What are the benefits of a Conservation Agreement?
The Conservation Agreement provides permanent legal protection for the Conservation Area, which means that it cannot be developed or modified in ways that detract from the biodiversity values. Council’s on-going maintenance through appropriate weed removal and revegetation will improve the biodiversity values of the wetland over time and provide the wetland with better resilience against pressures from the surrounding catchment. If the Council-owned land was ever sold in the future, the Conservation Agreement protections would still remain on the land. The land is currently classified Operational under the Local Government Act, which is unusual for a conservation area. However, the Conservation Agreement offers far more secure protection than land classification does.
Will it cost Council money?
No. A Conservation Agreement does not cost anything to set up. The agreement does not obligate Council to spend money on the reserve. Council’s commitment to protecting the wetland puts us in a better position to apply for grant funding for land management activities.
Is there public access to the conservation area?
The wetland itself is very difficult to access on foot due to the nature of the waterlogged soil and thick vegetation. Currently, there are no recreational opportunities in the wetland. However, there is an Environmental Volunteers group actively restoring important threatened species habitat. To find out how to get involved in bush regeneration activities, contact firstname.lastname@example.org.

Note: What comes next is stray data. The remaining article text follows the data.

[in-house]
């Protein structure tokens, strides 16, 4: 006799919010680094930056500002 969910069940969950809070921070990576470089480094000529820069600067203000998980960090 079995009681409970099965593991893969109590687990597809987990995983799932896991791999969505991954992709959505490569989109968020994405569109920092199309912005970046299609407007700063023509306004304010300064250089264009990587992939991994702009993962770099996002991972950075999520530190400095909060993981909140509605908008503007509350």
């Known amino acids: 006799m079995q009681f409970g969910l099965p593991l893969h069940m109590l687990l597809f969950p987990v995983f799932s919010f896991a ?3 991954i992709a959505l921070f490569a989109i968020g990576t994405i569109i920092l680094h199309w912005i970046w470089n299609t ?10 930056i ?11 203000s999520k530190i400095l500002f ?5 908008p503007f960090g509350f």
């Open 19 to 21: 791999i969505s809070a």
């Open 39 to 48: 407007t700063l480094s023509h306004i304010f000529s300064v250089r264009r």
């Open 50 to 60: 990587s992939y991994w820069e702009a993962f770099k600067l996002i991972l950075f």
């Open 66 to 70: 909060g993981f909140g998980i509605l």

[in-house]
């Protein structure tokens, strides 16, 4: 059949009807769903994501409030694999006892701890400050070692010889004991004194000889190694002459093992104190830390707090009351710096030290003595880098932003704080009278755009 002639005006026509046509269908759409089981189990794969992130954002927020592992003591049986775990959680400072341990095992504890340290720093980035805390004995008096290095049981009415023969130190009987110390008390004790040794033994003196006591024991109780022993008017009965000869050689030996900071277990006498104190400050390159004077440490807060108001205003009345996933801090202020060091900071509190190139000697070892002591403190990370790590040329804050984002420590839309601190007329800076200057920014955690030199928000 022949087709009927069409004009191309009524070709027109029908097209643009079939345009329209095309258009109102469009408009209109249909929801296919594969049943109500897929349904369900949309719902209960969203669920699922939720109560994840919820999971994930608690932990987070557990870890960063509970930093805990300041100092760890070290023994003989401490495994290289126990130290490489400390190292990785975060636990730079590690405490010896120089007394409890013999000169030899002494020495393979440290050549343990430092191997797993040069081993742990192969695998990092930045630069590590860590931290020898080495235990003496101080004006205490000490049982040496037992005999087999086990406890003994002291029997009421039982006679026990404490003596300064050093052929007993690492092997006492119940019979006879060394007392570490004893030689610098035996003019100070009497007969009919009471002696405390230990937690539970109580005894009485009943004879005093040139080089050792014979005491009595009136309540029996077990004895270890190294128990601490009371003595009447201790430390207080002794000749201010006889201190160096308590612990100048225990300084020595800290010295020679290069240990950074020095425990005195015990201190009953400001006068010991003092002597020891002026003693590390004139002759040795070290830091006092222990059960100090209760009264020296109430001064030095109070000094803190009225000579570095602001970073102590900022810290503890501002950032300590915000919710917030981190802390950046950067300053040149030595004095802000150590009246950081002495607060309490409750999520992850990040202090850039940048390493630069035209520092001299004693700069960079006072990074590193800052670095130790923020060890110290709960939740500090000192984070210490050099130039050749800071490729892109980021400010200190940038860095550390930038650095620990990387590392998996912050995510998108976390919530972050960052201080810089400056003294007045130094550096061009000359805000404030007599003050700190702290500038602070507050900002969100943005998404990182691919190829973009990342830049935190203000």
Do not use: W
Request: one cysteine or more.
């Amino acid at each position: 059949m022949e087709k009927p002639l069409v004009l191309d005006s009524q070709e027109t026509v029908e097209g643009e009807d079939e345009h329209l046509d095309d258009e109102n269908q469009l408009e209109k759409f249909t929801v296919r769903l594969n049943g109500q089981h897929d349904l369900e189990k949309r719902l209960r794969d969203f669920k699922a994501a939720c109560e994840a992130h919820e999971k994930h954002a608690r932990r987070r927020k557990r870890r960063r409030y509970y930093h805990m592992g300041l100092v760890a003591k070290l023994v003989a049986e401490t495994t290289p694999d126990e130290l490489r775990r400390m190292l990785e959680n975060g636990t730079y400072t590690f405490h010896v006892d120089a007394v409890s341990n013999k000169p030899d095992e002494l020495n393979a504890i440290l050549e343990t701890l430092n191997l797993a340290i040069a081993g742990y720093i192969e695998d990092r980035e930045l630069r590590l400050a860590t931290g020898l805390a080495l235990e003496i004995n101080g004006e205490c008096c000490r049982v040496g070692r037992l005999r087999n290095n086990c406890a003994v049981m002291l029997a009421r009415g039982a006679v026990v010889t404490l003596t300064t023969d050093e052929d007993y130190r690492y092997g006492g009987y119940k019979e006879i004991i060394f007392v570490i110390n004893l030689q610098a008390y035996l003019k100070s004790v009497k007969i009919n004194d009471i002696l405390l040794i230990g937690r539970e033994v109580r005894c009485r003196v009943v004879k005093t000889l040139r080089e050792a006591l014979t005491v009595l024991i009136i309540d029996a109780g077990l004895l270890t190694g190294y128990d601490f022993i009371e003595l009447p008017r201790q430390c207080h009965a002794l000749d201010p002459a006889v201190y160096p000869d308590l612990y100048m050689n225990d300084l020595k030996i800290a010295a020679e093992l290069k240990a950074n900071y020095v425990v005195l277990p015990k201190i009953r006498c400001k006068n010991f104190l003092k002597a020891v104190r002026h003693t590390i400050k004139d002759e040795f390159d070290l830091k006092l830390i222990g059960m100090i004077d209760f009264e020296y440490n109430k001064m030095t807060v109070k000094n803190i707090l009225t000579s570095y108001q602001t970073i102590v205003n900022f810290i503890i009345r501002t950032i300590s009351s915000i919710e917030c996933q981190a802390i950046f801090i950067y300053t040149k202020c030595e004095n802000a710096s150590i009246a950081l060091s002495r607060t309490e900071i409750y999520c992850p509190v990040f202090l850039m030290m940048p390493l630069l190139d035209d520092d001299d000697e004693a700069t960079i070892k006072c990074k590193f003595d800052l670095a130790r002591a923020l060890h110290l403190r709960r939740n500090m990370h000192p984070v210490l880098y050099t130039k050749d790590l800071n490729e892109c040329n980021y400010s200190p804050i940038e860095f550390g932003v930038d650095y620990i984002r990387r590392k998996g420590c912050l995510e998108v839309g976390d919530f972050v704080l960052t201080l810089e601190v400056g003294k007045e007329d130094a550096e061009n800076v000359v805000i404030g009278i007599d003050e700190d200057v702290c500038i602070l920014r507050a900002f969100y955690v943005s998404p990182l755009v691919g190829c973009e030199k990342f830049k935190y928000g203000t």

Does the Conservation Agreement change anything?
The legal agreement specifies that the landowner may not carry out prohibited activities that may damage the conservation area. The owner may, but is not obliged to, carry out the recommended management actions set out in the agreement. These are things such as bush regeneration, not allowing stock to graze, maintaining fencing in working order and feral animal control. As these are things that Council is currently doing, there is no change to the management of the conservation area.
The agreement makes allowances for current and planned infrastructure, such as the proposed Link Road, the Mardi to Warnervale pipeline, the aircraft landing area, gas, water and sewer lines, and electricity easements. Operations and maintenance for this infrastructure is not affected by the Conservation Agreement as these areas are excluded from the conservation area. There are already legal protections in place for the wetland, such as the Coastal Management State Environmental Planning Policy, that limit the impacts from development and infrastructure on the sensitive ecology of the wetland. The proposed Conservation Agreement adds a further layer of protection under the Biodiversity Conservation Act 2016.